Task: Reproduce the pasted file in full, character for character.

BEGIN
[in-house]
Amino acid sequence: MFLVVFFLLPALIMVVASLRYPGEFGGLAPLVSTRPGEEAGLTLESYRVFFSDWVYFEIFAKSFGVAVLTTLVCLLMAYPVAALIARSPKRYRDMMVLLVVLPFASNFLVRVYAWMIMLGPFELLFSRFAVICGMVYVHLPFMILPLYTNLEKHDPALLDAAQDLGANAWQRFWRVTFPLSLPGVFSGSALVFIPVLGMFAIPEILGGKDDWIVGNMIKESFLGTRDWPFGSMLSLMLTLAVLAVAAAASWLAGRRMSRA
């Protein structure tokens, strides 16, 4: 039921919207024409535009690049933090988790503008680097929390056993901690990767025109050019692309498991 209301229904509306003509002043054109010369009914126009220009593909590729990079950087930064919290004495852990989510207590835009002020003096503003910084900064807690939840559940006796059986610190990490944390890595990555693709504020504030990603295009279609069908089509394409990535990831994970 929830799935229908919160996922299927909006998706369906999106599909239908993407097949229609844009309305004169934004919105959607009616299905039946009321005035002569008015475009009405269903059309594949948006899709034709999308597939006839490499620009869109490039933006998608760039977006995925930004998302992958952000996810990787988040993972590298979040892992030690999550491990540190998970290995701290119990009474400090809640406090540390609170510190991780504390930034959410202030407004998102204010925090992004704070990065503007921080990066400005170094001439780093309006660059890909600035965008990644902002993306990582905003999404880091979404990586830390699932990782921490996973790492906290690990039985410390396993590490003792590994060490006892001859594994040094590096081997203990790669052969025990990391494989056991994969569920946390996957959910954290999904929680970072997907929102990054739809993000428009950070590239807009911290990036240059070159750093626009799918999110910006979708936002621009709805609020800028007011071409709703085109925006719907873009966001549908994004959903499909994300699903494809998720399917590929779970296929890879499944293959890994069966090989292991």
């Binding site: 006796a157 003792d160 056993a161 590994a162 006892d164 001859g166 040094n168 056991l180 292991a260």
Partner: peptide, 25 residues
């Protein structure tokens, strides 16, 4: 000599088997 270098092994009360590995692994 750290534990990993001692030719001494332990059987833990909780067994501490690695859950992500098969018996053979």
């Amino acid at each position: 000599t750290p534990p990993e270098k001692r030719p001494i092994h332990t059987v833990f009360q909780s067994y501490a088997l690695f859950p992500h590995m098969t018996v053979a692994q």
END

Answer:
[in-house]
Amino acid sequence: MFLVVFFLLPALIMVVASLRYPGEFGGLAPLVSTRPGEEAGLTLESYRVFFSDWVYFEIFAKSFGVAVLTTLVCLLMAYPVAALIARSPKRYRDMMVLLVVLPFASNFLVRVYAWMIMLGPFELLFSRFAVICGMVYVHLPFMILPLYTNLEKHDPALLDAAQDLGANAWQRFWRVTFPLSLPGVFSGSALVFIPVLGMFAIPEILGGKDDWIVGNMIKESFLGTRDWPFGSMLSLMLTLAVLAVAAAASWLAGRRMSRA
């Protein structure tokens, strides 16, 4: 039921919207024409535009690049933090988790503008680097929390056993901690990767025109050019692309498991 209301229904509306003509002043054109010369009914126009220009593909590729990079950087930064919290004495852990989510207590835009002020003096503003910084900064807690939840559940006796059986610190990490944390890595990555693709504020504030990603295009279609069908089509394409990535990831994970 929830799935229908919160996922299927909006998706369906999106599909239908993407097949229609844009309305004169934004919105959607009616299905039946009321005035002569008015475009009405269903059309594949948006899709034709999308597939006839490499620009869109490039933006998608760039977006995925930004998302992958952000996810990787988040993972590298979040892992030690999550491990540190998970290995701290119990009474400090809640406090540390609170510190991780504390930034959410202030407004998102204010925090992004704070990065503007921080990066400005170094001439780093309006660059890909600035965008990644902002993306990582905003999404880091979404990586830390699932990782921490996973790492906290690990039985410390396993590490003792590994060490006892001859594994040094590096081997203990790669052969025990990391494989056991994969569920946390996957959910954290999904929680970072997907929102990054739809993000428009950070590239807009911290990036240059070159750093626009799918999110910006979708936002621009709805609020800028007011071409709703085109925006719907873009966001549908994004959903499909994300699903494809998720399917590929779970296929890879499944293959890994069966090989292991």
């Binding site: 006796a157 003792d160 056993a161 590994a162 006892d164 001859g166 040094n168 056991l180 292991a260």
Partner: peptide, 25 residues
């Protein structure tokens, strides 16, 4: 000599088997 270098092994009360590995692994 750290534990990993001692030719001494332990059987833990909780067994501490690695859950992500098969018996053979």
């Amino acid at each position: 000599t750290p534990p990993e270098k001692r030719p001494i092994h332990t059987v833990f009360q909780s067994y501490a088997l690695f859950p992500h590995m098969t018996v053979a692994q």